In Sunday’s New York Times magazine, Alex Witchel looked at the AMC network’s retro hit Mad Men, which begins its second season on July 27. We confess that we watch each episode twice, once with the sound on and then again on mute, so as to better contemplate the stellar sets, vintage props, and bold-hued womenswear (kudos, costume designer Janie Bryant). But we’re not sure if series creator Matthew Weiner would approve of our approach. “The design is not the star of the show,” he tells Witchel. “I don’t want to be distracted by it.”
Witchel’s piece examines how Mad Men depicts the advertising world of the early 1960s, psychoanalyzes Weiner (perhaps he eschews on-the-nose writing because of “the lack of direct communication with his parents”?), and surveys some Madison Avenue veterans on how life at Sterling Cooper (the show’s fictional ad agency) measures up to the reality as they remember it. Famed art director George Lois is not amused. Read on for his wrath.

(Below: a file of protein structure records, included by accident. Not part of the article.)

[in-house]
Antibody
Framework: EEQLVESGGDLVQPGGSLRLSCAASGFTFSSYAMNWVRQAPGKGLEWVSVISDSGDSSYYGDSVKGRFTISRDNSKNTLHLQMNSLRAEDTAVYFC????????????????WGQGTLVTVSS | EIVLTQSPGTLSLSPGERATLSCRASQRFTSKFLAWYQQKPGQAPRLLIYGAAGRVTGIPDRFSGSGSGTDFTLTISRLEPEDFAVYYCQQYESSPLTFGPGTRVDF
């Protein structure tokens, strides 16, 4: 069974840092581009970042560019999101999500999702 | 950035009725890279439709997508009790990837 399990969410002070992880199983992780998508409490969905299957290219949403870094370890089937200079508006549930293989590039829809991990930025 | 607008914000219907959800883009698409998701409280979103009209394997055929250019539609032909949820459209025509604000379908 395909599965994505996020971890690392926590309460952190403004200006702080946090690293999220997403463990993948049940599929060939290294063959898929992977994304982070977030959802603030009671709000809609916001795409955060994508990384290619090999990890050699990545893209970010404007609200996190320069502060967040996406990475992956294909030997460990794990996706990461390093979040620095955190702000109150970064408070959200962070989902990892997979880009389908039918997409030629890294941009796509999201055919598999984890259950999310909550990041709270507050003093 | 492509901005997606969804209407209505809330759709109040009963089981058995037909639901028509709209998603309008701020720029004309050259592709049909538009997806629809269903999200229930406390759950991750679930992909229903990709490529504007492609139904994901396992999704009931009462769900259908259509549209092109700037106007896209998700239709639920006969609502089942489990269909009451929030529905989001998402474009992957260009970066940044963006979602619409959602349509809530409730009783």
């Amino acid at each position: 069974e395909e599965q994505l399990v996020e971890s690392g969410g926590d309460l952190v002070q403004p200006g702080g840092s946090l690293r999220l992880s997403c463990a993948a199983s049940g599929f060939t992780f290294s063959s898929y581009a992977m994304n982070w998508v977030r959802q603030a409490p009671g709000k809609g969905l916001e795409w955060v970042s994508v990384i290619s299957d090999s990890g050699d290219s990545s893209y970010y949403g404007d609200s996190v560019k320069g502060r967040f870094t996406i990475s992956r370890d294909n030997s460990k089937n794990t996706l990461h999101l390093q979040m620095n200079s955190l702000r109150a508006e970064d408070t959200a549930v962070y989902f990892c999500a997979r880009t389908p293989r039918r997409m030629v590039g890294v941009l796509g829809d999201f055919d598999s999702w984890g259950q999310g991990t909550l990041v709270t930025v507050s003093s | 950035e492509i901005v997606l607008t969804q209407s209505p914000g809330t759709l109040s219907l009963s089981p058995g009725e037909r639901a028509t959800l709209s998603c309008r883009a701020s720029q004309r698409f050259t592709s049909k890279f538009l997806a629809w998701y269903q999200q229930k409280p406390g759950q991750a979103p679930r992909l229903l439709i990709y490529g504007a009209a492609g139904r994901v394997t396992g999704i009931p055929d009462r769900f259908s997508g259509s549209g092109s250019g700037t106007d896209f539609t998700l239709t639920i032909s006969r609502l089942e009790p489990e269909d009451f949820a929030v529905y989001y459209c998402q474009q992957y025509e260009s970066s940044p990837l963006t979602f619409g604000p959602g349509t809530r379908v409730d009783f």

When I hear Mad Men, it’s the most irritating thing in the world to me. When you think of the ’60s, you think about people like me who changed the advertising and design worlds. The creative revolution was the name of the game. This show gives you the impression it was all three-martini lunches….We worked from 5:30 in the morning until 10 at night. We had three women copywriters. We didn’t bed secretaries. I introduced Xerox. It was hard, hard work and no nonsense. Mad Men is typical of The Man in the Gray Flannel Suit, those phony S.O.B.’s.
We hope Weiner was listening, because Lois’s line, “When you think of the ’60s, you think about people like me…” would be perfect coming out of the mouth of a wizened yet still distinguished-looking Don Draper in the 21st-century flash-forward series finale.